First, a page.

The Associated Press The state medical board has adopted a sexual-misconduct policy that includes a ban on doctors dating patients, despite...

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The Associated Press

The state medical board has adopted a sexual-misconduct policy that includes a ban on doctors dating patients, despite objections from lawyers and a doctors group.

The Medical Quality Assurance Commission has considered such a rule for about six years.

Supporters say the new policy helps target misconduct that falls short of obvious sexual contact, but opponents counter that it could be used to unfairly strip the licenses of good doctors.

The measure passed unanimously at the commission’s meeting Friday in Renton, state Department of Health spokesman Donn Moyer said.

The medical board has received at least 160 complaints of sexual misconduct by doctors and physician assistants since 1998. About 20 percent resulted in disciplinary action.

New rules for doctors and physician assistants

Examples of sexual misconduct with patients prohibited by Washington State Medical Quality Assurance Commission

• All types of sex and sexual contact.

• Kissing “in a romantic or sexual manner.”

• Examining or touching genitals without wearing gloves.

• Touching “any sexualized body part” for purposes not related to treatment or examination.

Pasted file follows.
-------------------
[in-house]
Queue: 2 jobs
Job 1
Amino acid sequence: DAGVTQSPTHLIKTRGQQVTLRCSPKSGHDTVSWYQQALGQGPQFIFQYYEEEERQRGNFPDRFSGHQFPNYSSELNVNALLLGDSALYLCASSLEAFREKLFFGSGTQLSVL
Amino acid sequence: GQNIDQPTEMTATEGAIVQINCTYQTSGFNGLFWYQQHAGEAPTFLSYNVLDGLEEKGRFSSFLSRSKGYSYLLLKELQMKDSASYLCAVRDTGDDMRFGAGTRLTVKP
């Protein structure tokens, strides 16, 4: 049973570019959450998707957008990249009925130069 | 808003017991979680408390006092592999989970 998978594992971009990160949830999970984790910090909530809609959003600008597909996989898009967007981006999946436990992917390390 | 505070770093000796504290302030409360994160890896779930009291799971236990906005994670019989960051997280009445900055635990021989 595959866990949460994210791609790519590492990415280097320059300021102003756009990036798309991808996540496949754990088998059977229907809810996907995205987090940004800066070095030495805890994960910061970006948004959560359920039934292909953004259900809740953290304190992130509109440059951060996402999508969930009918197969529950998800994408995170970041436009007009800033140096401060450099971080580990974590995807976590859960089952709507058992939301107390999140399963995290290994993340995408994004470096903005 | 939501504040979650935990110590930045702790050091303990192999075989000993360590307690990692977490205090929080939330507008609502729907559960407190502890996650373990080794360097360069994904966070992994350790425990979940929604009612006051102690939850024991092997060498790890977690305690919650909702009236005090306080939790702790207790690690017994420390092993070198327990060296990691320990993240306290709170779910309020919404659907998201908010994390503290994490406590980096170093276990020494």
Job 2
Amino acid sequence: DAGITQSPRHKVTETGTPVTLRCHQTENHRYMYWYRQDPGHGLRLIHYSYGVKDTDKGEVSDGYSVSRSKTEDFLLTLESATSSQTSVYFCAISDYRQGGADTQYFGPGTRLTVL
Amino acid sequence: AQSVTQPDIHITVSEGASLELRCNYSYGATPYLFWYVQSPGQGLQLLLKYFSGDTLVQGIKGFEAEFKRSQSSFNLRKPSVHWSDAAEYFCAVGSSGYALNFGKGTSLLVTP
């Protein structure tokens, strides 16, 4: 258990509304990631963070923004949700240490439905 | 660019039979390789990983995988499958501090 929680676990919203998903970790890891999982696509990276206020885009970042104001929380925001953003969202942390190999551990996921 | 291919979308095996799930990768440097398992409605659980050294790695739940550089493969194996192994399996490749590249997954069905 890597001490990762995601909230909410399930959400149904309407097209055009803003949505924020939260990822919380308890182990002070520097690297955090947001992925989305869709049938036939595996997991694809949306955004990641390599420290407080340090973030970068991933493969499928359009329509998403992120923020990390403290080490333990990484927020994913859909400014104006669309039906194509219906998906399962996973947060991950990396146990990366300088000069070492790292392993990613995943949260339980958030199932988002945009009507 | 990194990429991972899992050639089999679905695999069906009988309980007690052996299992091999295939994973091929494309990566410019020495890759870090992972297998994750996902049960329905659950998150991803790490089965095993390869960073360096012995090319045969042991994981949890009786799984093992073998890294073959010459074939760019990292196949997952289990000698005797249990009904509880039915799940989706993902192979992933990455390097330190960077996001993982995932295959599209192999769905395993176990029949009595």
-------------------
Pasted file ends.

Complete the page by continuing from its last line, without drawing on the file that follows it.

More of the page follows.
• Failing to provide patients with privacy as they dress or undress.

• Offering to provide drugs or other medical-related services in exchange for sex.

• Soliciting a date.

• Discussing the physician’s sexual history, preferences or fantasies.

Source: The Associated Press

The other complaints weren’t necessarily invalid, but the board has limited ways to act, said Mike Farrell, a medical board attorney. Before the new policy, there was a ban on sexual contact and a prohibition on “moral turpitude.”

Every doctor and physician assistant in the state will be subject to the measure once it takes effect in about two months, The News Tribune newspaper reported.

The policy lists 11 prohibited acts, and those who violate the rules could lose their licenses. The list includes sexual contact, but also says providers can’t kiss patients “in a romantic or sexual manner,” ask them for dates, or fail to allow privacy while patients undress.

“This would create a bright line,” board member Hampton Irwin said. “If they step over it, they know there will be consequences.”

But the Washington State Medical Association and some doctors’ lawyers say the rule isn’t needed.

The state already has the power to prosecute valid sexual-misconduct allegations, said John Arveson, the medical association’s professional-affairs director.

Opponents also say the new rules could allow innocent medical providers to be accused of wrongdoing. The ban on dating patients could be unfair because, in a small town, “the doctor may not have anyone else to date,” attorney Thomas Fain wrote in a March letter to the board.

Other health professionals already operate under sexual-misconduct rules similar to the new policy for doctors and physician assistants.

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